You may have heard rumors about a 3.8% seller real estate tax to begin in 2013 and wondered if there was any truth to it.
Simply put, these rumors are a mixture of fact and fiction: When people refer to the “Medicare Tax”, they are talking about the tax provision of the Patient Protection Affordable Care Act (PPACA), a piece of health care legislation. This provision of the legislation is an investment income tax, not a sales tax on the sale of real estate. It may mean that a small percentage of home sellers who fit very narrow parameters might pay additional taxes on the profits of home sales that exceed a designated threshold amount.
Who exactly will be affected by this tax? Only those taxpayers BOTH designated by the provision as "high earners," AND who sell their homes at a substantial profit. "High earners”, according to the new law, are those who earn $250,000 (for married couples filing jointly) or $125,000 (for couples filing separately), or $200,000 (for all others).
The tax affects only those “high earners” who will see a substantial profit from the sale of their property, but this situation is uncommon. Why is this? Profit, according to this statue, will be calculated not on the basis of sales price. Rather, it will be adjusted to reflect existing capital gains exclusions for primary residences. The existing home sale capital gains exclusion on a principal residence is $250,000 for individuals and $500,000 for couples. No “Medicare Tax” will apply to gains within these limits.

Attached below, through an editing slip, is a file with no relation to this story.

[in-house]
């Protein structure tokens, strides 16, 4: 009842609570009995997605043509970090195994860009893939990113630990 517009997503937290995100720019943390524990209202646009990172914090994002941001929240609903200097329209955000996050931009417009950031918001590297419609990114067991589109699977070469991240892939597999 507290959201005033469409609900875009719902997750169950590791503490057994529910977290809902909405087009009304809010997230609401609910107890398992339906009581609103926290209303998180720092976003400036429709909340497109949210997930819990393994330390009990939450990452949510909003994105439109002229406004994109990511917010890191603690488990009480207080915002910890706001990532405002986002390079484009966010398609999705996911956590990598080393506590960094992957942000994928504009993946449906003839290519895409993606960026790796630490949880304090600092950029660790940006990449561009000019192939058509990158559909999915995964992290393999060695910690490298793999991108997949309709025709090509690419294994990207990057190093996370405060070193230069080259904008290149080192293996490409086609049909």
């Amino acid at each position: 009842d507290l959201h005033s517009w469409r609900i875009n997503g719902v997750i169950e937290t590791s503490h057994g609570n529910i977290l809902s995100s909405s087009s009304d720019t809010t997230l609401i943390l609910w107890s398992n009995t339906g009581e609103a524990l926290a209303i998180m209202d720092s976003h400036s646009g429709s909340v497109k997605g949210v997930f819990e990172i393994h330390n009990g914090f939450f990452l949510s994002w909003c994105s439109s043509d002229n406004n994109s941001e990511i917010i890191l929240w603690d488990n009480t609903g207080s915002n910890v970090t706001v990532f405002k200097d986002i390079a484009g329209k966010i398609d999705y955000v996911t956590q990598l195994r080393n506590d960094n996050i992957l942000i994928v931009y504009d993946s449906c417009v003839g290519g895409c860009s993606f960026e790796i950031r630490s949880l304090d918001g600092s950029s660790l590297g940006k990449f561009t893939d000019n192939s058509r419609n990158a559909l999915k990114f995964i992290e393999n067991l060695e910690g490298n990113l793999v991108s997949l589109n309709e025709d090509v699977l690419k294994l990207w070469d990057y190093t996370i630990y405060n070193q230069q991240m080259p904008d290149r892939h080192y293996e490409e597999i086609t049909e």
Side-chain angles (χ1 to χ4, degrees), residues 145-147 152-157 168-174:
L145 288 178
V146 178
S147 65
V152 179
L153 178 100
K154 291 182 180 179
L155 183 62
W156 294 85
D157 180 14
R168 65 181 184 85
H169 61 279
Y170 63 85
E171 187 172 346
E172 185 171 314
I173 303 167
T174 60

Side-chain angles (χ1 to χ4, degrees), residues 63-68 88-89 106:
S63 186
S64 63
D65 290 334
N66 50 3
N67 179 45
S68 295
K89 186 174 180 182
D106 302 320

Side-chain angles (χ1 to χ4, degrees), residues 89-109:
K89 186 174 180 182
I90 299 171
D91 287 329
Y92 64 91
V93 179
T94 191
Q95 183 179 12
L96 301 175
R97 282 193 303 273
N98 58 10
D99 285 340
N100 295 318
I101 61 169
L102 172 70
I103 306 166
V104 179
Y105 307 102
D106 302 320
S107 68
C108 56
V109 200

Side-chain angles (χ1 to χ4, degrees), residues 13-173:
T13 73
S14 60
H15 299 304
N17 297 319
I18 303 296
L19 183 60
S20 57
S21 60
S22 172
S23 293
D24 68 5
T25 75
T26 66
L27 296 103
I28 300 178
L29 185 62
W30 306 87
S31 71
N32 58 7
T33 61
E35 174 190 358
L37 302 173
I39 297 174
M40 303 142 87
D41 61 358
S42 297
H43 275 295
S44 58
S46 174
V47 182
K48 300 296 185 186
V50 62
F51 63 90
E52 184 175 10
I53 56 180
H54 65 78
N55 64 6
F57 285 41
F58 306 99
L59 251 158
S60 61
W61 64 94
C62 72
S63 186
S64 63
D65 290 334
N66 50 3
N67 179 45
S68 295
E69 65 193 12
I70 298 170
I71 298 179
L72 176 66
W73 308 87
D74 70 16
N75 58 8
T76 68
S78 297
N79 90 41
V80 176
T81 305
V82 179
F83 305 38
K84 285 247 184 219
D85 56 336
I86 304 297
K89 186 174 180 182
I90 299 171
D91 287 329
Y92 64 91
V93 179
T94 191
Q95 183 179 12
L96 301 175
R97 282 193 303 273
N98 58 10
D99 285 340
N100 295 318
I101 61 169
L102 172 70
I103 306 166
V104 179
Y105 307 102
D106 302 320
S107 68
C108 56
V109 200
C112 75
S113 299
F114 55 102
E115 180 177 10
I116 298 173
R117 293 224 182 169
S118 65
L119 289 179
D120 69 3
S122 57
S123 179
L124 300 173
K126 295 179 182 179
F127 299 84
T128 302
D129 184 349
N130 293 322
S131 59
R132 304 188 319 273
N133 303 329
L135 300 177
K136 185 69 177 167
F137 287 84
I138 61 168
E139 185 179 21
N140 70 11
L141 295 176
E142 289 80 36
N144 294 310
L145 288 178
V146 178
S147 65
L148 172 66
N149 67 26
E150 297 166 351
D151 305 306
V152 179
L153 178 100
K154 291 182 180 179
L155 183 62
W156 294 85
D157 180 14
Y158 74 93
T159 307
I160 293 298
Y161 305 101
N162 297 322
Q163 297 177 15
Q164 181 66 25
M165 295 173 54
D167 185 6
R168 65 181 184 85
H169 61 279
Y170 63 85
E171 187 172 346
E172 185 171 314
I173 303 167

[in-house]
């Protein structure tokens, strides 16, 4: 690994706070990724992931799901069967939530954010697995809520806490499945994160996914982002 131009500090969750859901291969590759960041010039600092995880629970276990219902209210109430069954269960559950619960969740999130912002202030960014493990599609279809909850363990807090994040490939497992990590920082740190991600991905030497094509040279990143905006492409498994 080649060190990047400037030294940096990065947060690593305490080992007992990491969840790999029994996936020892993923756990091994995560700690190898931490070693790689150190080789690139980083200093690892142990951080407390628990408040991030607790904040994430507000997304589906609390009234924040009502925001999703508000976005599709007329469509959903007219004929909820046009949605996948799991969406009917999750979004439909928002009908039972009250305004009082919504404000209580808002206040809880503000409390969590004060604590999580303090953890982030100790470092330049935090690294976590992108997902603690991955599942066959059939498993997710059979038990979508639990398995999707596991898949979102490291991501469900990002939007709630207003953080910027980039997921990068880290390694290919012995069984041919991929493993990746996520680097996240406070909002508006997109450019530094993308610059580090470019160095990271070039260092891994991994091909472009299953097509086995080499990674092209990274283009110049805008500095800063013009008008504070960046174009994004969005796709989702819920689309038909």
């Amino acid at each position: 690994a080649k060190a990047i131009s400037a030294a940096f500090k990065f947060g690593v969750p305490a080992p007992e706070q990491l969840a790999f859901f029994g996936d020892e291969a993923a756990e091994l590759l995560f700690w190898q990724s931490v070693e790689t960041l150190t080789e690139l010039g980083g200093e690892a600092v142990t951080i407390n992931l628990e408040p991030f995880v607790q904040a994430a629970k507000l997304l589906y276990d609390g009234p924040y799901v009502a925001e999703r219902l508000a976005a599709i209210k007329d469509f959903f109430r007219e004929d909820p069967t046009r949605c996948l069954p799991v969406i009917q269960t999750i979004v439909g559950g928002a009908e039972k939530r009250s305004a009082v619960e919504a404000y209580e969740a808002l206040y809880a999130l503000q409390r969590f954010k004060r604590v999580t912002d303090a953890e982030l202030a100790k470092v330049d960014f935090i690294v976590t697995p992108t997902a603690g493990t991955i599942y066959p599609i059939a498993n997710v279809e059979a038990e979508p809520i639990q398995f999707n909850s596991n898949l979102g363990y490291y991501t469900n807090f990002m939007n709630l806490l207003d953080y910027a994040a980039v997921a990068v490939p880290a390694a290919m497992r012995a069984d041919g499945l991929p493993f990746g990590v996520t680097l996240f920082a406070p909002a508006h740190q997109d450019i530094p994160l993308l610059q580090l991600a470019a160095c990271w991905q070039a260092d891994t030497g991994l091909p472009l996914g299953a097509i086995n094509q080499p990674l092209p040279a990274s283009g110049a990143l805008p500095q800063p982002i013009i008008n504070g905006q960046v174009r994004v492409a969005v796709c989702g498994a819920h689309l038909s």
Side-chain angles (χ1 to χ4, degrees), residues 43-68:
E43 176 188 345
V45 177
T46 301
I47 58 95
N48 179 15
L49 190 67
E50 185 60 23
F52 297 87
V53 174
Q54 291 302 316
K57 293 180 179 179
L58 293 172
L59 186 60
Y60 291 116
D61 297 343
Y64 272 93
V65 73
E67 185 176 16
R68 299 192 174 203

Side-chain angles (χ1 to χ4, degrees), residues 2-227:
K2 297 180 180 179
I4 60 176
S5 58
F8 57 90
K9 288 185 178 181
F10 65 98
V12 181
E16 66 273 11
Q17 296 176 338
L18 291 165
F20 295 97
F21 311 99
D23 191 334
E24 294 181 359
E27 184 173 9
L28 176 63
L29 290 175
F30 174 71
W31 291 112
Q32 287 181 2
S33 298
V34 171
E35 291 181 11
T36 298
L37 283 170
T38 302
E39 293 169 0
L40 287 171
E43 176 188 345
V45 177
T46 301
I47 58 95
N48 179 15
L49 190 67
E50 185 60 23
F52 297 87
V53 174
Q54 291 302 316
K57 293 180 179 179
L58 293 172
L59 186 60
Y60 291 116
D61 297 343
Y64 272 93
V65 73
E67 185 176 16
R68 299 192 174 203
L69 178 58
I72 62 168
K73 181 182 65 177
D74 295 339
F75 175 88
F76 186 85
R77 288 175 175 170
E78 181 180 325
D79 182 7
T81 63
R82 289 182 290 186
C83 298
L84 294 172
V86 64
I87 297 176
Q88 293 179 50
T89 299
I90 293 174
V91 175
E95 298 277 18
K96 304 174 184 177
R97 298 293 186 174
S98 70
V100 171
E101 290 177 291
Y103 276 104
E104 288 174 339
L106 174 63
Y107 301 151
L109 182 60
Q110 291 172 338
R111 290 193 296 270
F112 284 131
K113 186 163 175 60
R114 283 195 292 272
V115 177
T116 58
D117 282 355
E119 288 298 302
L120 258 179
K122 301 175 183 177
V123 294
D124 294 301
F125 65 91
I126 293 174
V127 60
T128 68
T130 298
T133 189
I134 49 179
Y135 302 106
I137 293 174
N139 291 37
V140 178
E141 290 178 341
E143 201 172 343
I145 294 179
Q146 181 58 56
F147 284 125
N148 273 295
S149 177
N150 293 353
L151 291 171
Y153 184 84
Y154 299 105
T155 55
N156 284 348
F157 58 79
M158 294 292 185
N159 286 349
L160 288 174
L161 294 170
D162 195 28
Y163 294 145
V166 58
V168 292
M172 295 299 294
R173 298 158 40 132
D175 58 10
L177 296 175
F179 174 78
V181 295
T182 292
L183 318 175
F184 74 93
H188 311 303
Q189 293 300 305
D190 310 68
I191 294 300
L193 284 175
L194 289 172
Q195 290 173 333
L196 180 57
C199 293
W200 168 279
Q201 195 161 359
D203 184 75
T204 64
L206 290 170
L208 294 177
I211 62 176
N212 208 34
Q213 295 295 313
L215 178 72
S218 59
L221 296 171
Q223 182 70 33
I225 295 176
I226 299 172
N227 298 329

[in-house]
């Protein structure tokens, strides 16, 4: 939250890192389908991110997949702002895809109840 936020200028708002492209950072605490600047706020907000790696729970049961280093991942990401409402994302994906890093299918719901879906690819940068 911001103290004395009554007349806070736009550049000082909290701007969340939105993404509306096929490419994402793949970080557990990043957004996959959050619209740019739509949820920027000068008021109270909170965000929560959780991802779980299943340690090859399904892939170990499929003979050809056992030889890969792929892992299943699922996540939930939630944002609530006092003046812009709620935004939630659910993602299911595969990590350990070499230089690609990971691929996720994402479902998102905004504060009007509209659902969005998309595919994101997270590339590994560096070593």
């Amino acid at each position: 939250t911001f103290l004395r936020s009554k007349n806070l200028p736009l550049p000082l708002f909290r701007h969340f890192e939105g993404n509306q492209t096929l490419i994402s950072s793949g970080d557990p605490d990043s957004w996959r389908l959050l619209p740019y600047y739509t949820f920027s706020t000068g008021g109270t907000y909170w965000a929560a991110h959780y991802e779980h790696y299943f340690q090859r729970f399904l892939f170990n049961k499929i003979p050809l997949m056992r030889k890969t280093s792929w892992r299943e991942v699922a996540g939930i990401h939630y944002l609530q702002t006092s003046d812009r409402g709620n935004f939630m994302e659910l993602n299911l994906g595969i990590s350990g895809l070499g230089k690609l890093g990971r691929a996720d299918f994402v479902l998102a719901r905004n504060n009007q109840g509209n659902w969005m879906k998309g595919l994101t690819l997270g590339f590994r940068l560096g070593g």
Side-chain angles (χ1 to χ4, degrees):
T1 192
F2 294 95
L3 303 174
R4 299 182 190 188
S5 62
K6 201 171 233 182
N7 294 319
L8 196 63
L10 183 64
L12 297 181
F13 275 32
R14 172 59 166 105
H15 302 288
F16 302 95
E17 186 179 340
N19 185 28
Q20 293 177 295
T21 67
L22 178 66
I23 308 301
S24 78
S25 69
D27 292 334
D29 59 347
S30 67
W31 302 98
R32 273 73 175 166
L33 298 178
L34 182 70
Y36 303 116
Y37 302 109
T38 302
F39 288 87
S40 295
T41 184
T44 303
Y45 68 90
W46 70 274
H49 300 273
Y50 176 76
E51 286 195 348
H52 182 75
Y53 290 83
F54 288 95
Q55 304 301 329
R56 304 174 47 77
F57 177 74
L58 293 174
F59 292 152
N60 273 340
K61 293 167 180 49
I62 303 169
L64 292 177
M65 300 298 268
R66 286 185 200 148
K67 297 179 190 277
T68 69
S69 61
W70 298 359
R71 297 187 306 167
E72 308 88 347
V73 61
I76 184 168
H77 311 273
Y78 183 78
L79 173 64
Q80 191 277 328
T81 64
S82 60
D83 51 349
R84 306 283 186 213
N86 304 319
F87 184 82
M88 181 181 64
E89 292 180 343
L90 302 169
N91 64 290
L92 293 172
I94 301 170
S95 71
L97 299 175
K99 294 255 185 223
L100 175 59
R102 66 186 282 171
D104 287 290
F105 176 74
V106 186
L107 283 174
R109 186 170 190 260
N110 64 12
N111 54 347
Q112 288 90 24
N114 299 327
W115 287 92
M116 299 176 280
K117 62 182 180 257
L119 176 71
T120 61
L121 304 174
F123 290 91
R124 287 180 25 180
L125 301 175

If you feel that you may be among the few who must pay this new investment tax, you may want to consider selling before the law goes into effect in 2013. It is always best to consult with an accountant and/or tax attorney before making any decisions.